Before we jump into today’s post, I’d like to introduce a new series on my blog: the School Study Success series (or SSS series). As the name suggests, the content will include anything from study techniques, school success, and other related topics (stress, exams, etc.). It started with my previous post, here. I really hope you find this helpful, and know that there is a lot more to come during the next few weeks.
Today’s post gives you different ways to write (or type) a complete set of notes effectively and efficiently. Not only will it allow you to cut down on studying time, it will also help you remember the information more easily.
From Textbook To Paper
Combining the teacher’s notes with your own
Most of the time, teachers will send you weekly notes on the material covered in class. The best way to ensure your notes are complete is to combine the teacher’s notes with your own. Different teachers will use different tools (PDF, Power Point, etc.). Below I provide you with the several ways I adapted my notetaking regimen to fit the teacher’s format.
1. PDF [adding text by hand]
One teacher had PDF notes that were 3/4 textbook material. The easiest thing for me was to simply print out the PDF files and handwrite missing textbook definitions/theories and examples to complete the notes. All that was left to do, was add any relevant information given in class that wasn’t readily available (ex. answers to students’ questions).
2. PDF [adding text with computer]
Other teachers provided us with PDF notes that had a lot of pictures and bullet form text. If that were the case, I preferred to type the textbook material next to the corresponding slide(s) and then print out the document for class. Why? Because it allowed me to use a smaller font. Therefore, I could write a lot and the slides would still have a clean, clear look.
If I had a teacher that spoke quickly and added a lot during class time, I would bring my computer and type in the information instead, and then print the document. This way, I could always go back to the text and modify it if I made mistakes (plus, I type quicker than I write).
3. Power Point Format
I had a few teachers that used Power Point for their class notes. If their notes were good (ex. parts already taken from textbook – what a time saver!), I typed the remaining textbook material to each corresponding slide.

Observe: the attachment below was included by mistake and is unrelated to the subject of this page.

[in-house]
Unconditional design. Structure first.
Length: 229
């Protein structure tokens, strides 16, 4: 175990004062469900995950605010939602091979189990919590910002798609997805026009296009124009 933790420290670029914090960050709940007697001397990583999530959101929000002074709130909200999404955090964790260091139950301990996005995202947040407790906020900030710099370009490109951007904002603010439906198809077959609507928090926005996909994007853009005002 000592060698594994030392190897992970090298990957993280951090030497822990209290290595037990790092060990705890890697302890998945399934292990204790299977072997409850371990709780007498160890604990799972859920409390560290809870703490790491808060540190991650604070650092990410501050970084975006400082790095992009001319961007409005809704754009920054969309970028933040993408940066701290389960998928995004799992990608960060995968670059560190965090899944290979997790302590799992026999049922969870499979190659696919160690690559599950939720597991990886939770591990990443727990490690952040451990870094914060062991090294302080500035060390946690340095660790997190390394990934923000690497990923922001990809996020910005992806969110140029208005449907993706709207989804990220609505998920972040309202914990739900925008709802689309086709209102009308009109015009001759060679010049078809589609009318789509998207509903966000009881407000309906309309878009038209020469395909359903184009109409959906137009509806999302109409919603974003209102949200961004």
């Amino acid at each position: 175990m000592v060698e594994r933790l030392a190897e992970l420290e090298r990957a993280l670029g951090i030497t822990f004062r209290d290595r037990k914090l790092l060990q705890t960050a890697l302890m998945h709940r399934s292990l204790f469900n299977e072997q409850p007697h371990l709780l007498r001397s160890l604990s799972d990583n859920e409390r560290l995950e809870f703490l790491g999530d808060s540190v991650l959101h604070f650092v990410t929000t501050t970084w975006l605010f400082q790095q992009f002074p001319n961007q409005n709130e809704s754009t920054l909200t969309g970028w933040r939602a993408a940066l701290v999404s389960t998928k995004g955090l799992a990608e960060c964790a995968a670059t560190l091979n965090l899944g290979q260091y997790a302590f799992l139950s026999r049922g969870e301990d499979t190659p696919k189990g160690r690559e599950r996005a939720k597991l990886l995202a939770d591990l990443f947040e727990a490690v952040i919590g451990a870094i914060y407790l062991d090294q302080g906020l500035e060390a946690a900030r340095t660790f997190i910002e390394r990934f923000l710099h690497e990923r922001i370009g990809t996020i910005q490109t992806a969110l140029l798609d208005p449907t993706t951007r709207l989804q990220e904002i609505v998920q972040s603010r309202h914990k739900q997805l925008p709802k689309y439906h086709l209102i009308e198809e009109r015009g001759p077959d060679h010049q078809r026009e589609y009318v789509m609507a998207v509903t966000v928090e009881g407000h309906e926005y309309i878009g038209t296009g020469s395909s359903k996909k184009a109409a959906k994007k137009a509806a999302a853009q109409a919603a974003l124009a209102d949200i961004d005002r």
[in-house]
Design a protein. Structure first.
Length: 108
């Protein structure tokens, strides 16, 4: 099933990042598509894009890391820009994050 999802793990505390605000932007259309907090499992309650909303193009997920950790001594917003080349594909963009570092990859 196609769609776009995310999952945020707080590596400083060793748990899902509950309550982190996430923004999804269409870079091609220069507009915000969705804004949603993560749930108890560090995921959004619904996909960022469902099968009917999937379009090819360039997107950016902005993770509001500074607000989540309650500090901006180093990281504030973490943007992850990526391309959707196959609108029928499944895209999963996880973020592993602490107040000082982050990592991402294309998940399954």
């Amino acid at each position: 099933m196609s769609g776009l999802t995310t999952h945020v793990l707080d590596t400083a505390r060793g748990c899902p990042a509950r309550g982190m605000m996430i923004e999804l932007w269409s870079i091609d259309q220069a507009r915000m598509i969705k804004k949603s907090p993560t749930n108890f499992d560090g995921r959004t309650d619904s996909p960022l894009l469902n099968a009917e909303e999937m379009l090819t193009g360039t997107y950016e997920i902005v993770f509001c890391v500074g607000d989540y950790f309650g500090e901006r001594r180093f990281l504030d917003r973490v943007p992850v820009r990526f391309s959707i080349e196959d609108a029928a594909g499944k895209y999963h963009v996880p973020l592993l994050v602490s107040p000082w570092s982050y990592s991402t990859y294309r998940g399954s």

Tip • Since the teacher gives you the original file, you can modify the number of slides and reorganize their order as you wish. You’ll have to adjust text size so that it all fits in. Preferably, you’ll want to group the slides per section, and include the same subheadings used in the textbook.
Each powerpoint “pack” would be the COMPLETE chapter notes (teacher’s + class notes + textbook notes*).
*Careful not to repeat the information in different places; keep the notes as succinct and clear as possible.
4. Typing notes from scratch
Sometimes, you’ll have to type your notes from scratch. Meaning that the teacher either does not prepare any written material, or their slides look like this:
If that’s the case, then I strongly suggest that you prepare your notes in advance.
- Much easier for you to follow in class;
- You won’t waste time writing information already provided in the textbook.
Below are 3 techniques you should consider when you are writing/typing your notes from scratch.
Text to Notes
- Use bullet points to section off huge paragraphs
- Use numbered lists so that it is less likely for you to forget material
- Use abbreviations (within = w/in; between = b/w; because = b/c) and acronyms.
Text to Diagrams/Visuals
- Visuals are my favorite. A lot of times you can summarize 2-3 pages of textbook material into one single figure/diagram.
- I usually photocopy the figures from the textbook and add terminology, definitions, and side notes.
- Visual aids bring the material all together, making it easier to make sense of it all.
- Excellent memory aid.
Text to Tables
- When you are being bombarded with information, especially on topics that are similar in nature, you might risk mixing it together.
- Tables allow you to visualize the similarities and differences between concepts.
- Tables help you organize information for better recall.
I hope this post helped you and gave you some ideas. If you have any suggestions for future posts on the topic, please let me know in the comments below!
School Study Success series